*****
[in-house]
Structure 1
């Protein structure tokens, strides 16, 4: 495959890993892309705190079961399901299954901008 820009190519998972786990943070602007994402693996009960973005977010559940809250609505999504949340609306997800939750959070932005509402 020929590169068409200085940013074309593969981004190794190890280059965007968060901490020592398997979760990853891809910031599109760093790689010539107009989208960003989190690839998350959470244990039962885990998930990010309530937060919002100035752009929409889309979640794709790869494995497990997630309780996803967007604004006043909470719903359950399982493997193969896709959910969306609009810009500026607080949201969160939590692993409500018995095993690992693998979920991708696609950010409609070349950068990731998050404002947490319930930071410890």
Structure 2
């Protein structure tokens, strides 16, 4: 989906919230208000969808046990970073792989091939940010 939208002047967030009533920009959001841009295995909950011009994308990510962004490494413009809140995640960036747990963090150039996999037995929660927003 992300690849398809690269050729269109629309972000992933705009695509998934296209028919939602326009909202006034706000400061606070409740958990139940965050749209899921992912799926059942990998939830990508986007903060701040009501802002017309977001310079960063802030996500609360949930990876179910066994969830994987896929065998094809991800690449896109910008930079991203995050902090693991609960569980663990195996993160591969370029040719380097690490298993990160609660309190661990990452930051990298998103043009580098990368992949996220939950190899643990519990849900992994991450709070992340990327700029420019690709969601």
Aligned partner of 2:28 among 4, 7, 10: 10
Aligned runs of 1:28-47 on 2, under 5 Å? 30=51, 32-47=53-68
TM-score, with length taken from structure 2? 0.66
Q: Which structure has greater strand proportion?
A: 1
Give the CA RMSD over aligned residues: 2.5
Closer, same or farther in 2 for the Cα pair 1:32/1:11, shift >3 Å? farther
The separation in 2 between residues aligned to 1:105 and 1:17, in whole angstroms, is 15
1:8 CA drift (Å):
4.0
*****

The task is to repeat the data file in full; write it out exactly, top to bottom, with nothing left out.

[in-house]
Structure 1
């Protein structure tokens, strides 16, 4: 495959890993892309705190079961399901299954901008 820009190519998972786990943070602007994402693996009960973005977010559940809250609505999504949340609306997800939750959070932005509402 020929590169068409200085940013074309593969981004190794190890280059965007968060901490020592398997979760990853891809910031599109760093790689010539107009989208960003989190690839998350959470244990039962885990998930990010309530937060919002100035752009929409889309979640794709790869494995497990997630309780996803967007604004006043909470719903359950399982493997193969896709959910969306609009810009500026607080949201969160939590692993409500018995095993690992693998979920991708696609950010409609070349950068990731998050404002947490319930930071410890």
Structure 2
């Protein structure tokens, strides 16, 4: 989906919230208000969808046990970073792989091939940010 939208002047967030009533920009959001841009295995909950011009994308990510962004490494413009809140995640960036747990963090150039996999037995929660927003 992300690849398809690269050729269109629309972000992933705009695509998934296209028919939602326009909202006034706000400061606070409740958990139940965050749209899921992912799926059942990998939830990508986007903060701040009501802002017309977001310079960063802030996500609360949930990876179910066994969830994987896929065998094809991800690449896109910008930079991203995050902090693991609960569980663990195996993160591969370029040719380097690490298993990160609660309190661990990452930051990298998103043009580098990368992949996220939950190899643990519990849900992994991450709070992340990327700029420019690709969601």
Aligned partner of 2:28 among 4, 7, 10: 10
Aligned runs of 1:28-47 on 2, under 5 Å? 30=51, 32-47=53-68
TM-score, with length taken from structure 2? 0.66
Q: Which structure has greater strand proportion?
A: 1
Give the CA RMSD over aligned residues: 2.5
Closer, same or farther in 2 for the Cα pair 1:32/1:11, shift >3 Å? farther
The separation in 2 between residues aligned to 1:105 and 1:17, in whole angstroms, is 15
1:8 CA drift (Å):
4.0